|Photo by Santiago Lozano (Internet Bird Collection)|
grey-necked wood-rail (en); saracura-três-potes (pt); râle de Cayenne (fr); cotara chiricote (es); Cayenneralle (de)
This species is found from north-eastern Mexico, south across Central America and into South America where it is found east of the Andes as far south as northern Argentina and Uruguay.
These birds are 33-40 cm long and weigh 350-470 g.
The grey-necked wood-rail is mostly found in swamp forests and marshes, also using moist tropical forests, mangroves and forests rivers. This species occurs from sea level up to an altitude of 2.000 m.
They are omnivorous, feeding on crabs, snails and other molluscs, insects such as flies, cockroaches and locusts, frogs, water snakes and the eggs and juveniles of turtles, but also on seeds and grains, fleshy berries and palm fruits.
Grey-necked wood-rails breed in January-September, varying among different parts of their range. The nest is a bulky mass of dead leaves and twigs, placed either on the ground among reeds or up to 3 m above the ground in a a thicket or vine tangle. The female lays 2-7 dull white to beige eggs with rufous and pale lilac blotches and spots. The eggs are incubated by both parents for about 20 days. The chicks leave the nest within a few days of hatching, but the parents will bring them food and protect them for about 8 weeks.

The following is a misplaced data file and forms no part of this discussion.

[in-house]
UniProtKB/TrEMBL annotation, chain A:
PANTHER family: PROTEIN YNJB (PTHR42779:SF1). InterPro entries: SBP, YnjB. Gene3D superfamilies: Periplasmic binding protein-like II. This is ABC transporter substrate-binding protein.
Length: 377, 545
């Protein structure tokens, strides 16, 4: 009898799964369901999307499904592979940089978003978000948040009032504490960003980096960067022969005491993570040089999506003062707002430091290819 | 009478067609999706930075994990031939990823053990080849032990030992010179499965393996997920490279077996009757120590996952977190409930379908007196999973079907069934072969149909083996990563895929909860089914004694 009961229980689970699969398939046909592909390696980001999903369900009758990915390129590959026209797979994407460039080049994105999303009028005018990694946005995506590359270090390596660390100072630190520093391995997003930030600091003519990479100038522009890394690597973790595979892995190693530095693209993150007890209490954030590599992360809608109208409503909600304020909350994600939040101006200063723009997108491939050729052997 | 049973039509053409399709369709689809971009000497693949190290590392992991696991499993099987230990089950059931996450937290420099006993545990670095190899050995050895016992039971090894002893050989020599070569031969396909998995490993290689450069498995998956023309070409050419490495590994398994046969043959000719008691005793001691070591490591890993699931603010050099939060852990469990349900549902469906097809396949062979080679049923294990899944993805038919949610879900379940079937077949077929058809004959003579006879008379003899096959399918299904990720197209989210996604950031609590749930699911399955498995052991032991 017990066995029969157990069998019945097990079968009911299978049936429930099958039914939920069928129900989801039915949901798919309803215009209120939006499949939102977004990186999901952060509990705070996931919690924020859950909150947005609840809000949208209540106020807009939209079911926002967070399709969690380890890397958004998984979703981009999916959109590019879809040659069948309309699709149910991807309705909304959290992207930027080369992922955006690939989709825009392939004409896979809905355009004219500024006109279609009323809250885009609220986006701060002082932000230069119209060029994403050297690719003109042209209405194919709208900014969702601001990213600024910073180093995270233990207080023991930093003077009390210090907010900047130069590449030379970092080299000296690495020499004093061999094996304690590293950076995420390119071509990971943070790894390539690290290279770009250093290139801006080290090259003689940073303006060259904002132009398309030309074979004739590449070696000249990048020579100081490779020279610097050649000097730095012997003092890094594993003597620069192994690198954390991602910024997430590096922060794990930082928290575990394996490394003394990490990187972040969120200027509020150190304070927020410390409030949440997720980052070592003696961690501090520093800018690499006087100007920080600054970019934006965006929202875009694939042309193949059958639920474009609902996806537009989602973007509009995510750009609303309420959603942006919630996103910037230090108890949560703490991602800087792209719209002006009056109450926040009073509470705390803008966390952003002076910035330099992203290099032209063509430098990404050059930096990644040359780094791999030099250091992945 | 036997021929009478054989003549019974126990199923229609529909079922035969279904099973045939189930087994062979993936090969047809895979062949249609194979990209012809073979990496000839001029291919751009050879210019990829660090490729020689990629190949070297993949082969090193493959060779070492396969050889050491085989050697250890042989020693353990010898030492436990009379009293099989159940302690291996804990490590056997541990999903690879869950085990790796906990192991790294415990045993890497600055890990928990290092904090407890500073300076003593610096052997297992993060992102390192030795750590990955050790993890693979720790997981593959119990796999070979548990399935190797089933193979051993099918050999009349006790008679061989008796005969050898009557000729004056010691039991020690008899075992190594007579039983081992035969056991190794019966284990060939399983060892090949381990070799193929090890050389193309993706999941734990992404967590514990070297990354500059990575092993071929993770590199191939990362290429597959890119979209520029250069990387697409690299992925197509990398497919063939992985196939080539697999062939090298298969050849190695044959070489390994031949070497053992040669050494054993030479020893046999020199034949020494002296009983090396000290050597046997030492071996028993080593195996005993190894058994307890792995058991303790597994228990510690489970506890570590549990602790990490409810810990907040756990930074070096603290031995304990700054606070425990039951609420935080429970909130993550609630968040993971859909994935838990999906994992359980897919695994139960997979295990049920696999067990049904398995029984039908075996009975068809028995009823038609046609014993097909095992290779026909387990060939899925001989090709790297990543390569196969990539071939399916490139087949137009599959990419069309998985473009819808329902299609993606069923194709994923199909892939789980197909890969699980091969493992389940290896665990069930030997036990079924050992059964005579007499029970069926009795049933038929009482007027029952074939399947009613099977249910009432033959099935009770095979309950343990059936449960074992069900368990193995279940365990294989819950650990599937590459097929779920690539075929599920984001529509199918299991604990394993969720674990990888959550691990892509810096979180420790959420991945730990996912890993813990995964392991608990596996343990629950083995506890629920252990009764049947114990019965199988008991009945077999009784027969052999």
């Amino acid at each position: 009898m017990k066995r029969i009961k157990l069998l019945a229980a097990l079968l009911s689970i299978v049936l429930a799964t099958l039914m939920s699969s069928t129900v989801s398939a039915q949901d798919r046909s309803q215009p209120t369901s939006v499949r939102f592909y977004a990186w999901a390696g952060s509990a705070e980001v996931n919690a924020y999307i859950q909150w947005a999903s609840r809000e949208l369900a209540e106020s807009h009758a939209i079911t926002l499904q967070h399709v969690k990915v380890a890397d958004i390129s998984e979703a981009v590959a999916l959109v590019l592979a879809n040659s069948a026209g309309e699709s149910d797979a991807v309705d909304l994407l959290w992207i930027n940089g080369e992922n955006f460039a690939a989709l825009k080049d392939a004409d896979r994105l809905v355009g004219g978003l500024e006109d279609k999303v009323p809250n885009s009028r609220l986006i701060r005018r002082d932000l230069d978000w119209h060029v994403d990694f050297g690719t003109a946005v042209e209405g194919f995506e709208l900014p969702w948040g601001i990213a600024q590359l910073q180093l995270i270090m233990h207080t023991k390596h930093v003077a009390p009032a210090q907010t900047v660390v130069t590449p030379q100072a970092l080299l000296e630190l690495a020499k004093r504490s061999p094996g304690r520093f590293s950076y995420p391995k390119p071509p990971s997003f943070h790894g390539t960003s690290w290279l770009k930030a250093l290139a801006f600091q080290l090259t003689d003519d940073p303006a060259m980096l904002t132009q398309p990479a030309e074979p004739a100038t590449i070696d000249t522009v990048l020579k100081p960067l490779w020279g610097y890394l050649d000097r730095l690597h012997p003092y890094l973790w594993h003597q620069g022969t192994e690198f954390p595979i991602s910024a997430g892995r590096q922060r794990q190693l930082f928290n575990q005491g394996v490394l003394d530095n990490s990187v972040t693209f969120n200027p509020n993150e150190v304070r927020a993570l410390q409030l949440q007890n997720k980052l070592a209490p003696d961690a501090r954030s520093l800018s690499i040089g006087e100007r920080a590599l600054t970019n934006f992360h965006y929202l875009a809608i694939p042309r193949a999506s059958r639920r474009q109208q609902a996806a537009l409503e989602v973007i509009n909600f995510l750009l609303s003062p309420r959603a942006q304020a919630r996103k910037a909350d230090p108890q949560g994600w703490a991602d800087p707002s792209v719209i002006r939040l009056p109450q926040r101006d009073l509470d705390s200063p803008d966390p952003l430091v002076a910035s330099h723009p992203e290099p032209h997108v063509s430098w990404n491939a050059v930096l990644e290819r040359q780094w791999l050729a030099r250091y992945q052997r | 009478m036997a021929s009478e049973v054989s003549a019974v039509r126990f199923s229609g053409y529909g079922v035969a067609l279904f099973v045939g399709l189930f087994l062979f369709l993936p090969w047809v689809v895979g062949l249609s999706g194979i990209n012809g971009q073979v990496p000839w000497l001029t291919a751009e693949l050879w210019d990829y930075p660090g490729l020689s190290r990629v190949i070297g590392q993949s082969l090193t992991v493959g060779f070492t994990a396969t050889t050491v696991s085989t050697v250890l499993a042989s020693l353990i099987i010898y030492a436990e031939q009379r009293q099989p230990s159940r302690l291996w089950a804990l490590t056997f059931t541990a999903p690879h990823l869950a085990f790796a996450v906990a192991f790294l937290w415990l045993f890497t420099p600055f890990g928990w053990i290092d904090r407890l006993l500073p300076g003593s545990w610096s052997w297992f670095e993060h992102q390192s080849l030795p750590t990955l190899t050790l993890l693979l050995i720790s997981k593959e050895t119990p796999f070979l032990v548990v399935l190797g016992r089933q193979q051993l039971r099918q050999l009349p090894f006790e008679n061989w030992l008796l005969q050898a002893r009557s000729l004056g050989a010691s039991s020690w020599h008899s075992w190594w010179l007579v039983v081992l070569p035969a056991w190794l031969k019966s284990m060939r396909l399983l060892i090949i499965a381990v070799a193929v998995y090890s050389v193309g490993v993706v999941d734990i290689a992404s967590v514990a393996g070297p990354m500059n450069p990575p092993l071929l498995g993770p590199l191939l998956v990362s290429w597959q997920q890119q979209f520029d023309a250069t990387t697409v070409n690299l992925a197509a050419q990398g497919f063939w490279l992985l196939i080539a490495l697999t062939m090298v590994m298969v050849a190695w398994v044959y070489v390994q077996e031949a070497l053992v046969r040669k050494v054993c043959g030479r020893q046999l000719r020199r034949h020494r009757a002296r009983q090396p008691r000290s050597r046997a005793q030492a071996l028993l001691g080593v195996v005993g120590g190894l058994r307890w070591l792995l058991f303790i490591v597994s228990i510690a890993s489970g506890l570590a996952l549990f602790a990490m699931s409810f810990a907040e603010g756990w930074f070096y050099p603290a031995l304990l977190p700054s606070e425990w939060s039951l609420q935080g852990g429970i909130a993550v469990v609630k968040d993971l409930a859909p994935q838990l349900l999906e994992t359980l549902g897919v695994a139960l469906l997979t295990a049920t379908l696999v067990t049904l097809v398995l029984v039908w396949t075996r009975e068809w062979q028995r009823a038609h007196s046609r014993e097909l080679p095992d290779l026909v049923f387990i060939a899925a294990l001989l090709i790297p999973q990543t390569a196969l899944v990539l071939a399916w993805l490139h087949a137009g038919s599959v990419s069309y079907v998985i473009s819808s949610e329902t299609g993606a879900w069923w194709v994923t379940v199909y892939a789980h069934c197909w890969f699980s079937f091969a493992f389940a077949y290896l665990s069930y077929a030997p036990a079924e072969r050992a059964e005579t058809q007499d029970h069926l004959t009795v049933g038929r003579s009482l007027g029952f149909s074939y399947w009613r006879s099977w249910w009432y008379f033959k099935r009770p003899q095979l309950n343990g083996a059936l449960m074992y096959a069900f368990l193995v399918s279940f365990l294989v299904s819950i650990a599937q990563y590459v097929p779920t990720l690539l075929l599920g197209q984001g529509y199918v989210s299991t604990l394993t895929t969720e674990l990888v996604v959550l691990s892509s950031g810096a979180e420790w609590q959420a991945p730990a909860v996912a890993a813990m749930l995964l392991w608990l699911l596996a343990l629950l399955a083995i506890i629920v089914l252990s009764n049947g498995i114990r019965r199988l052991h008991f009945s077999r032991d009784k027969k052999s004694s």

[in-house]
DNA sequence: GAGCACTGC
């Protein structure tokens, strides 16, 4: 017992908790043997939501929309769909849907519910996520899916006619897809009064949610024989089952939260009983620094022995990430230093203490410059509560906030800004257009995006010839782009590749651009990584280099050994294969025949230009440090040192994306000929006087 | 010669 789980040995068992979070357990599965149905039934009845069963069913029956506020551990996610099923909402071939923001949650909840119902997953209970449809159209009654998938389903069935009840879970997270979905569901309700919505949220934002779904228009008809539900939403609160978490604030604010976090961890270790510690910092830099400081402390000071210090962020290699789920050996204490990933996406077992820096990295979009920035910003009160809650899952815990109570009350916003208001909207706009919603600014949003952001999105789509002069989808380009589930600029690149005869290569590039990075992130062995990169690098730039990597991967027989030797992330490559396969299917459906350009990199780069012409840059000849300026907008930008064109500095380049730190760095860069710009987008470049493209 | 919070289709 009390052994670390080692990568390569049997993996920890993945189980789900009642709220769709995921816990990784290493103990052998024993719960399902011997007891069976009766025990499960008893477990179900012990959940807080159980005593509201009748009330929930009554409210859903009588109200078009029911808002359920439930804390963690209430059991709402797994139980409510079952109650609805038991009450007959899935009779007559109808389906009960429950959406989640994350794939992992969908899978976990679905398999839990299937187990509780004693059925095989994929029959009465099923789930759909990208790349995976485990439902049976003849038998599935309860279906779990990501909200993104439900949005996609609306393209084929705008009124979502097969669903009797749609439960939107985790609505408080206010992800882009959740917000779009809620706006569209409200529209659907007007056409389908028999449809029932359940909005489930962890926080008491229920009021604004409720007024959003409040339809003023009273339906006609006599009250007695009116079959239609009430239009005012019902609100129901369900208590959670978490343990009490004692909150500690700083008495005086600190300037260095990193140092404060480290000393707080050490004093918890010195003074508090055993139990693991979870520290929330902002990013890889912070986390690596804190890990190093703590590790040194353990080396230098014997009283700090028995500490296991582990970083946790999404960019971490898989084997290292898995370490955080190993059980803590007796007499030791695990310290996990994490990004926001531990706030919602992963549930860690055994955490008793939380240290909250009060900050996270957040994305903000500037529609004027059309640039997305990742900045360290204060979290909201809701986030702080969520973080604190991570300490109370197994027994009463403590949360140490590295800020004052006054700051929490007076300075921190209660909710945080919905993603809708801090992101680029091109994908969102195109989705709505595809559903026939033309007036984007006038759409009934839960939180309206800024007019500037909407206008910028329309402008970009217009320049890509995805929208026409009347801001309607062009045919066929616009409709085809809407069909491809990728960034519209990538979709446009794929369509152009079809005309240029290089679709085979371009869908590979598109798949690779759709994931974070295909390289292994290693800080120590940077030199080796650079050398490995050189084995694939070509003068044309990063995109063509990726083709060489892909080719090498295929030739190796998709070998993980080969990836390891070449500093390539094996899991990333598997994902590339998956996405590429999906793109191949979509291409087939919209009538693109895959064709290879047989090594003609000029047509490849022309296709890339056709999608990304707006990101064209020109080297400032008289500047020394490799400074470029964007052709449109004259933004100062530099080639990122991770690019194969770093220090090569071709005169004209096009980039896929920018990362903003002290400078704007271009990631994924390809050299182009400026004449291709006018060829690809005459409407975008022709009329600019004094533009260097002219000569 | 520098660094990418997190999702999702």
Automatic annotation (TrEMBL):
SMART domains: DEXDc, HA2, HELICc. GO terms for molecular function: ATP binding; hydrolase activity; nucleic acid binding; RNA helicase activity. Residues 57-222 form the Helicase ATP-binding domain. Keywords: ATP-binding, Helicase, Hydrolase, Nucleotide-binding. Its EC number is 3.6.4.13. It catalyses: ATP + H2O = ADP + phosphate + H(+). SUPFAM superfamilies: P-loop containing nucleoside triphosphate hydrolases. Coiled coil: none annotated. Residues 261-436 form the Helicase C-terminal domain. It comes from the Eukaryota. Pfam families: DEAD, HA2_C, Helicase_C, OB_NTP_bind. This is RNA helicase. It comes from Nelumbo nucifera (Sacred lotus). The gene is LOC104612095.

IUCN status - LC (Least Concern)
This species has an extremely large breeding range and the global population is currently estiated at 5-50 million individuals. The overall population trend is stable, although some populations have unknown trends and may be adversely affected by habitat destruction.